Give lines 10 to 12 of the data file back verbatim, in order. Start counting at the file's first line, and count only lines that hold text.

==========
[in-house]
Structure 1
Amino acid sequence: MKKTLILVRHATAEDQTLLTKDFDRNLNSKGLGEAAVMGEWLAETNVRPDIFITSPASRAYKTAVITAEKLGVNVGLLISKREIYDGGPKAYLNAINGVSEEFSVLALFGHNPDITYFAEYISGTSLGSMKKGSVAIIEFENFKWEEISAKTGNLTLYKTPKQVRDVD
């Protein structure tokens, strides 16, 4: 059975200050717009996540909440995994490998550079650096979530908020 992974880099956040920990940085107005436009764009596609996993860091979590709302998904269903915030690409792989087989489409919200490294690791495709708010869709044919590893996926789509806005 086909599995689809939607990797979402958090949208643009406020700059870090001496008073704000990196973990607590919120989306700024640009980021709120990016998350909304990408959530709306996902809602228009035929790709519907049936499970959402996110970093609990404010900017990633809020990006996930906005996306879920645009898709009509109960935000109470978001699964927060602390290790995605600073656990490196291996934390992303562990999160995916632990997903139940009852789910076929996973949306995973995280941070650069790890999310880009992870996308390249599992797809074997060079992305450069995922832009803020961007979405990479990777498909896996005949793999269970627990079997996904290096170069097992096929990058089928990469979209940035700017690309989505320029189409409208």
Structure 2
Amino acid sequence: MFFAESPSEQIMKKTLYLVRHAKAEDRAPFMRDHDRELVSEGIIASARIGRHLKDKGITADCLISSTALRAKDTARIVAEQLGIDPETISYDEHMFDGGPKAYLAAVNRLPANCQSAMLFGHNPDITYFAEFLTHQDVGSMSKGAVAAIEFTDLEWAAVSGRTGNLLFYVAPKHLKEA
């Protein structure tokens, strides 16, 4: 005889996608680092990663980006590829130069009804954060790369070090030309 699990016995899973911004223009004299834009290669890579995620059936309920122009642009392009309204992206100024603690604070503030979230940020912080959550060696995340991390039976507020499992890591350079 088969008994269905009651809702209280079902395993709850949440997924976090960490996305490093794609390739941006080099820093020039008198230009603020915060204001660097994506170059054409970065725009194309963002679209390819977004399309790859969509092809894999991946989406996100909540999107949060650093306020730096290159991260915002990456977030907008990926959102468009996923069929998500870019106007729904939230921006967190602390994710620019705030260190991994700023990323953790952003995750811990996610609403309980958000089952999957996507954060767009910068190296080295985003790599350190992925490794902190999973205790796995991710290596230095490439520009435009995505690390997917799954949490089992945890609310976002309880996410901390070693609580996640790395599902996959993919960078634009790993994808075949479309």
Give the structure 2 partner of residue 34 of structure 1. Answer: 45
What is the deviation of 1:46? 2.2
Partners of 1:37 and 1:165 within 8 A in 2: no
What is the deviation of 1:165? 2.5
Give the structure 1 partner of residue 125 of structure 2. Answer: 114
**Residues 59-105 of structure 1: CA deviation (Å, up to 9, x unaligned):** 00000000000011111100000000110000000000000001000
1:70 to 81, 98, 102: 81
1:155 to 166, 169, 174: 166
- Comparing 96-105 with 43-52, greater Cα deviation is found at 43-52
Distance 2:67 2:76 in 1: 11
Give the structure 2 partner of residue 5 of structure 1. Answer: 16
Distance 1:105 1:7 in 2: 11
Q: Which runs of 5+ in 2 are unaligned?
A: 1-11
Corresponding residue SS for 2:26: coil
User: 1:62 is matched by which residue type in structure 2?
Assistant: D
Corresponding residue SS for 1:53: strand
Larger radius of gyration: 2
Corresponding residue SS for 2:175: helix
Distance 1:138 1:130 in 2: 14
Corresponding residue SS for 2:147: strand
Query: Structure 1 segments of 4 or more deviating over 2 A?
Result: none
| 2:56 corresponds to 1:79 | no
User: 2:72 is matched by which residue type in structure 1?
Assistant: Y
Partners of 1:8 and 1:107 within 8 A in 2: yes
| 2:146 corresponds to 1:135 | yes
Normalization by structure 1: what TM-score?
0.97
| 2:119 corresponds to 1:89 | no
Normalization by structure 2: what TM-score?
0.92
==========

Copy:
Partners of 1:37 and 1:165 within 8 A in 2: no
What is the deviation of 1:165? 2.5
Give the structure 1 partner of residue 125 of structure 2. Answer: 114